the band concert.
Saturday morning sessions will be a
continuation of the meetings on spe-
cific topics held Friday, dealing with
special departments, and informally
known as "clinics." A School of Edu-
cation luncheon Saturday noon will
be addressed by Prof. James K. Pol-
lock of the political science depart-
ment, speaking on the topic, "Educa-
tion for Citizenship."
Special meetings connected with the
convention of the Schoolmasters Club
are led by the sixth annual confer-
ence on teacher-training, sponsored
by the School of Education, and pre-
sided over by Dean James B. Edmon-
son of the School of Education. The
meeting, Thursday morning, will be in
the form of discussions on speeches by
professors and deans of Michigan col-
leges.
Teas, Banquets To Be Held
This conference will be concluded
by a luncheon at the Union.
Other functions are teas and ban-
quets by honorary educational fra-
ternities, an informal dance Saturday
night in the Women's Athletic Build-
ing, an exhibition debate Friday
afternoon between the University and
Albion College on thesnationalization
of munitions and a baseball game the
same afternoon between the Univer-
sity and Michigan State Normal Col-
lege, to which members of the club
will be admitted free of charge.
Hopwood Deadline
Set For Tomorrow
Tomorrow will bring to a close the
Avery Hopwood and Jule Hopwooc
Awards Contest for 1935. All manu-
scripts must be in the English office

3221 Angell Hall, by 4:30 p.m.
All manuscripts submitted must b{
accompanied by two sealed envelopes
One must contain the "nom de plume'

Fitzgerald Favors Barring
Students Who Will Not
Bear Arms
Statement Follows
Disturbance Here
Calls Matter 'Ridiculous';
Says 'This Is No Time
For Silly Theories'
LANSING, April 15.- )-Gov-
ernor Fitzgerald said today that he
favors closing the doors of state sup-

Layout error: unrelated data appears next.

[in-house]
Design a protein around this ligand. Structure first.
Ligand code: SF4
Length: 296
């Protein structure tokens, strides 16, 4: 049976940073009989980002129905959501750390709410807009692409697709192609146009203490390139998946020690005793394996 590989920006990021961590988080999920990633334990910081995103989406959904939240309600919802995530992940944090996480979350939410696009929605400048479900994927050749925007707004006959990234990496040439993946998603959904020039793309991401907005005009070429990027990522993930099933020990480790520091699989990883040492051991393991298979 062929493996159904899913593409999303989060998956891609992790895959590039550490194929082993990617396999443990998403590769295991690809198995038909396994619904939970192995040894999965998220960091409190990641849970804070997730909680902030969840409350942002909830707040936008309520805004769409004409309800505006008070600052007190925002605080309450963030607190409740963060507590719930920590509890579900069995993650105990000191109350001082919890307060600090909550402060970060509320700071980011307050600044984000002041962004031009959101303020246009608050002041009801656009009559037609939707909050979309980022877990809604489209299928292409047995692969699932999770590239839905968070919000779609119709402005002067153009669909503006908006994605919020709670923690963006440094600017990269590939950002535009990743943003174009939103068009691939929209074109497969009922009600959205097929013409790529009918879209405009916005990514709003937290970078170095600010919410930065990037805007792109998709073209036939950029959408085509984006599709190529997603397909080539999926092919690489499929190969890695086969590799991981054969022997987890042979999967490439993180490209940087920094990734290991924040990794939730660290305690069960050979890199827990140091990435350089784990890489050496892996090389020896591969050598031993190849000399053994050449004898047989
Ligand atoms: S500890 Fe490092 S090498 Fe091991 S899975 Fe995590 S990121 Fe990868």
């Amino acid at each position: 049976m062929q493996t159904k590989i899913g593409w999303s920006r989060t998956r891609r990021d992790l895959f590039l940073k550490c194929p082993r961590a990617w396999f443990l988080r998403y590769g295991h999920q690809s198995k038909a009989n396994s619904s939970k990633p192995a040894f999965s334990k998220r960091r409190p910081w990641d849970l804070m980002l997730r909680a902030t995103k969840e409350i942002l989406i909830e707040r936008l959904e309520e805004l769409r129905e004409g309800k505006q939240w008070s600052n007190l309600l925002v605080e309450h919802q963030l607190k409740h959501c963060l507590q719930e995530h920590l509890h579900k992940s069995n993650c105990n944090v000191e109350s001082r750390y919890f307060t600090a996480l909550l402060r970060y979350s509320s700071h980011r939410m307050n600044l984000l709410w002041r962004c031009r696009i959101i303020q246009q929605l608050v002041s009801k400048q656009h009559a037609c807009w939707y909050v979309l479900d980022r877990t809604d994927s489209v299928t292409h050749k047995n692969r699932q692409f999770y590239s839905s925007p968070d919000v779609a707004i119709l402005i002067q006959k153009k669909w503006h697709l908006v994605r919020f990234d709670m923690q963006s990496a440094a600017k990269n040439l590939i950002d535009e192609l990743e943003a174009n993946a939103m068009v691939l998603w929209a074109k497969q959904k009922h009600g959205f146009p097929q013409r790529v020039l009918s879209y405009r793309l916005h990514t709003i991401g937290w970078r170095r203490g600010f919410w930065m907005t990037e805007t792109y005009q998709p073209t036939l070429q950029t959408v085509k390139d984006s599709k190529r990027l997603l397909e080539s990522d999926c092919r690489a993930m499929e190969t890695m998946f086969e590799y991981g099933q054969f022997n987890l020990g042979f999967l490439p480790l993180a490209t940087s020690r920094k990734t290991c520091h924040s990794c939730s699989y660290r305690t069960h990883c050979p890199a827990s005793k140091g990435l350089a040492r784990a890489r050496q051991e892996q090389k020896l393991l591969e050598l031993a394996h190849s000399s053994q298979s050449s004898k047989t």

ported institutions to students refus-
ing to promise to bear arms for their
country.'
The governor denounced pacifist
students who attempted to organize
non-patriotic groups in schools, and
declared he would support any dras-
tic action taken by school governing
bodies in purging their schools of
"subversive" activities. He said the
same comment applied to instructors.'
"We should slam the doors on any
students who wish to take advantage
of higher education offered by their
government and then refuse to sup-
port the government in time of war,"
the governor said. "This is no time
for a lot of silly theories. The whole
matter is ridiculous and has no part
in the school curriculum."
Follows Pacifist Demonstrations
The governor's comment followed
pacifist demonstrations at the Uni-
versity of Michigan April 4, and at
Michigan State College April 12 when
five pacifist leaders were thrown in
the Red Cedar river by the student
body.
Edmund C. Shields, of Lansing, a,
member of the board of regents of the
University, said the situation at Ann
Arbor might be discussed at the board.
meeting April 26. He would not comn-
ment until after the meeting.
Dr. Robert S. Shaw, president of
Michigan State College, returned from
Chicago today to decline to investigate.
the peace meeting, which resulted in
the ducking of Louis A. Weisner of Al-
pena, a sophomore and chairman of
the Social Problem club, and four
other students. An Unitarian pastor
Rev. H. P. Marley of Ann Arbor, went
into the river with them.
"Weisner told me he would not take
an oath of allegiance to the United
States," Dr. Shaw said. "He held the
meeting off the campus despite the
warning from the student body. In
view of his attitude, I do not intend
to meddle in the matter."
May Require Oath
The president hopes to have the
proper arrangements approved by the
state board of agriculture so that the
administration may require an oath
of allegiance from students when they
matriculate nexit fall. The oath
would be required only in questionable
cases, he said.
Rev. R. O. Thomas, pastor of the
First Presbyterian church of Lansing,
and a former World War chaplain,
deplored the violence which followed
the peace meeting Friday. He told
his congregation yesterday the stu-
dents should be allowed privileges of
free speech and asserted "only youth
can keep the nation out of the hell of